Abstract

http://ssrn.com/abstract=2310779
 


 



Defining and Punishing Offenses Under Treaties


Sarah H. Cleveland


Columbia Law School

William S. Dodge


University of California Hastings College of the Law

August 15, 2013

UC Hastings Research Paper No. 62

Abstract:     
The Offenses Clause of the Constitution gives Congress power “[t]o define and punish Piracies and Felonies committed on the high Seas, and Offences against the Law of Nations.” Past scholarship has assumed that the Clause allows Congress to enforce only customary international law. This article demonstrates that this conventional academic wisdom is mistaken and that the Offenses Clause constitutes an additional source of authority for Congress to implement certain treaty commitments. The Framers of the Constitution clearly understood the law of nations to include treaties, or what they called “the conventional law of nations.” The history of the Offenses Clause shows that it was intended to reach treaties and thus to facilitate compliance with the United States’ international commitments. Moreover, despite the prevailing view in the academy, Congress, the Executive, and the Supreme Court have shared this understanding of the Clause through most of our nation’s history.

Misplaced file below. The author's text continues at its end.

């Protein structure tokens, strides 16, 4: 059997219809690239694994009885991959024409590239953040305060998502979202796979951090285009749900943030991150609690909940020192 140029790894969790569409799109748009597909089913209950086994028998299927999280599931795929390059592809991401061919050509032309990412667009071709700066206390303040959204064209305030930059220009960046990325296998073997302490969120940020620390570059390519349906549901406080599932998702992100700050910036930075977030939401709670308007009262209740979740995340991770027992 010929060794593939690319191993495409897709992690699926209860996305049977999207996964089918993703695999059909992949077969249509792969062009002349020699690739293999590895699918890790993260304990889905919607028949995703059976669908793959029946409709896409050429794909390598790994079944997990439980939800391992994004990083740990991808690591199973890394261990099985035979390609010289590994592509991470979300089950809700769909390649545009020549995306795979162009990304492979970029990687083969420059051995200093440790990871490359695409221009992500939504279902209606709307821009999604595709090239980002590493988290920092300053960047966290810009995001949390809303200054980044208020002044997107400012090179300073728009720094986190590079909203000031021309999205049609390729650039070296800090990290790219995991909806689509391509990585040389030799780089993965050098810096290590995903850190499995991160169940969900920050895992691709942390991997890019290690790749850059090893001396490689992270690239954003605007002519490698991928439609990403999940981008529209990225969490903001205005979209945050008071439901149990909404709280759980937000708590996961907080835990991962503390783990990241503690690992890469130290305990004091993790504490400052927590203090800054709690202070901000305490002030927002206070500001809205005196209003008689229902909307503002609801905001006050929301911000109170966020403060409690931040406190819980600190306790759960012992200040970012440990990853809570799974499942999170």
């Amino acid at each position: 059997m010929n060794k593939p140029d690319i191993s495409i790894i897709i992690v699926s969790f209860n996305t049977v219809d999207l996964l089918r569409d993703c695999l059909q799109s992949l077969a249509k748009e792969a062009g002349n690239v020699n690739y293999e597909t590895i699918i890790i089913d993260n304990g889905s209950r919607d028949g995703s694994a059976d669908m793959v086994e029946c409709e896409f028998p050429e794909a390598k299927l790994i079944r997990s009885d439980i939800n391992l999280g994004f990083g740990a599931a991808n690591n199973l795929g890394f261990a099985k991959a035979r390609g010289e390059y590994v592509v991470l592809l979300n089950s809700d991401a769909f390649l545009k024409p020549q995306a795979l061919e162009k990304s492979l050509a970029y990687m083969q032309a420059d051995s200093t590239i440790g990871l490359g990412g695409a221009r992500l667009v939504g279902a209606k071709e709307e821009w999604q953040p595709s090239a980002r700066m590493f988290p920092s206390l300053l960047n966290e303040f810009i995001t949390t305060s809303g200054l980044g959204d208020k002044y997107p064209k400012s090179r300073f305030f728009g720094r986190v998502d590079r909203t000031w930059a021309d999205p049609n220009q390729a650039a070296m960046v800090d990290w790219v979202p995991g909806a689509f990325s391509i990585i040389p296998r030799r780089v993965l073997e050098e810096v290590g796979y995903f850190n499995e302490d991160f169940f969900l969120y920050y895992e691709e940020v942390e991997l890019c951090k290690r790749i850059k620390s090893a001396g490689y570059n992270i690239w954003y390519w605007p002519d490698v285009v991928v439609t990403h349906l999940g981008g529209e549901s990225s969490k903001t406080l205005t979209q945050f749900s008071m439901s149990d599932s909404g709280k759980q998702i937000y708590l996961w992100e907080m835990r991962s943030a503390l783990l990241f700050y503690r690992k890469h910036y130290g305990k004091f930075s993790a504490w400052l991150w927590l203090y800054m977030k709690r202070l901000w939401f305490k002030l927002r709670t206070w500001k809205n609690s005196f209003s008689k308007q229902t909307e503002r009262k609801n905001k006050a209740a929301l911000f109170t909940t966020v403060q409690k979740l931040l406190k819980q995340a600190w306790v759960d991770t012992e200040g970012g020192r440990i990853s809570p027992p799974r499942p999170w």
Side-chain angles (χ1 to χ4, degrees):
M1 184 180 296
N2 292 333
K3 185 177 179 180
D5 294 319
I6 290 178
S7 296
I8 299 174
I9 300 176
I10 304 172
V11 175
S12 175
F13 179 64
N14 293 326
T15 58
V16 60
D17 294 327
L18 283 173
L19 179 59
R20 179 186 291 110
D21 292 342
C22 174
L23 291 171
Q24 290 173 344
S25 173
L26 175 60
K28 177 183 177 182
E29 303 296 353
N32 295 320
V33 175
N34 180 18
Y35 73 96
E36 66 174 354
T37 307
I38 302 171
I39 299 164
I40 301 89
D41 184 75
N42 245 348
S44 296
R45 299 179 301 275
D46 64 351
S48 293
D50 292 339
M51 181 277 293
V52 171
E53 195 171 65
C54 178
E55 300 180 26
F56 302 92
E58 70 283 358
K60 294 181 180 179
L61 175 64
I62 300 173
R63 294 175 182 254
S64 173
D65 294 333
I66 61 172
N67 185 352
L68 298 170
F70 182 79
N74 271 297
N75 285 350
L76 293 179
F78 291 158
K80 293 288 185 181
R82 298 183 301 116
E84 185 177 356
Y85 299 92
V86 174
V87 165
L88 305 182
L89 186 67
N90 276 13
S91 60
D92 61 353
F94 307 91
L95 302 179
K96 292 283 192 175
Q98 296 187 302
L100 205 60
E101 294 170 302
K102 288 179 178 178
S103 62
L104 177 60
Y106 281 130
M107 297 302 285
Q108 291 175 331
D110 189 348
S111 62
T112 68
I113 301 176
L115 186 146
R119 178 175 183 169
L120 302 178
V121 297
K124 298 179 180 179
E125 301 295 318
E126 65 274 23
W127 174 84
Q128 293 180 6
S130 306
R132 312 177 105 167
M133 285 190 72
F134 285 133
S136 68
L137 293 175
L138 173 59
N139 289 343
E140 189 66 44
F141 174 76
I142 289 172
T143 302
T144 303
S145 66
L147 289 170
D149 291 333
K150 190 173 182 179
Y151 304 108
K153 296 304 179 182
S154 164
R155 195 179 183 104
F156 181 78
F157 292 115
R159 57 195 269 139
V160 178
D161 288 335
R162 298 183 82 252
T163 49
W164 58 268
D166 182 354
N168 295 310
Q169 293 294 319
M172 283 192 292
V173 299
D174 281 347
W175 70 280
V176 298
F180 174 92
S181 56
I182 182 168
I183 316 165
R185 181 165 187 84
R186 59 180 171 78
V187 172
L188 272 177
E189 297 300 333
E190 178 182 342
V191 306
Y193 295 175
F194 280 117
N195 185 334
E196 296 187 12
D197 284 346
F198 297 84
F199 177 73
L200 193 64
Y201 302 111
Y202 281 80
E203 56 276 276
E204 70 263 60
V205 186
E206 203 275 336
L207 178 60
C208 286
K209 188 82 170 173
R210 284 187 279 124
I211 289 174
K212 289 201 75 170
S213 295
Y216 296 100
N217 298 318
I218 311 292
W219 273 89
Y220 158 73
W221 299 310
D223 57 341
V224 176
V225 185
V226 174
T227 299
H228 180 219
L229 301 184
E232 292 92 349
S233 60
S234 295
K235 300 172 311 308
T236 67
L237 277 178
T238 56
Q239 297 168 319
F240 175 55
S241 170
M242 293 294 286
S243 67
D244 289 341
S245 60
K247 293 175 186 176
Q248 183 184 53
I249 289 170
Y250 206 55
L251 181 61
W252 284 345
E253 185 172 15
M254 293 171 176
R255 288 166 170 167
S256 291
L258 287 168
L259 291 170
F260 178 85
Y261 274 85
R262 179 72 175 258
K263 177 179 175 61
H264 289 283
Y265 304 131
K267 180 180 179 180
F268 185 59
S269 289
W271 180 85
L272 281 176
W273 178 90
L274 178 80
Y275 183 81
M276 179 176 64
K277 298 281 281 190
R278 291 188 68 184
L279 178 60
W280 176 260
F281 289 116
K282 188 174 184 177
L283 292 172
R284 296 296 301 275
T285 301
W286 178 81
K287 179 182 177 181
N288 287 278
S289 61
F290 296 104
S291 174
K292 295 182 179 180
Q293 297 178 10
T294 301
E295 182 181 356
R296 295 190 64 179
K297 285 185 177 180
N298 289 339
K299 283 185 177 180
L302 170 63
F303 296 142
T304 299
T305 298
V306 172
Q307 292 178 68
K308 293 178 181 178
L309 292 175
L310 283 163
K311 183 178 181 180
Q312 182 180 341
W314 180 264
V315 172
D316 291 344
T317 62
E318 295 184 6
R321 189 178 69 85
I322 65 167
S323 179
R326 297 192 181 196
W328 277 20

The Offenses Clause provides a cautionary tale about the dangers of reading constitutional text without sensitivity to its historical background and demonstrates the need for care in translating that text into modern terms. Our argument also has significance for a range of contemporary contexts — from piracy to international counter-narcotics activity — and for the case of Bond v. United States, currently pending before the United States Supreme Court. Most fundamentally, our argument contributes to understanding the role of international law in our constitutional scheme. It underscores the importance that the Framers placed on crafting a national government with robust authorities to fully enforce treaties and customary international law.

Number of Pages in PDF File: 65

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Date posted: August 16, 2013 ; Last revised: September 25, 2013

Suggested Citation

Cleveland, Sarah H. and Dodge, William S., Defining and Punishing Offenses Under Treaties (August 15, 2013). UC Hastings Research Paper No. 62. Available at SSRN: http://ssrn.com/abstract=2310779 or http://dx.doi.org/10.2139/ssrn.2310779

Contact Information

Sarah H. Cleveland
Columbia Law School ( email )
3022 Broadway
New York, NY 10027
United States
William S. Dodge (Contact Author)
University of California Hastings College of the Law ( email )
200 McAllister Street
San Francisco, CA 94102
United States
415-565-4830 (Phone)
415-565-4865 (Fax)

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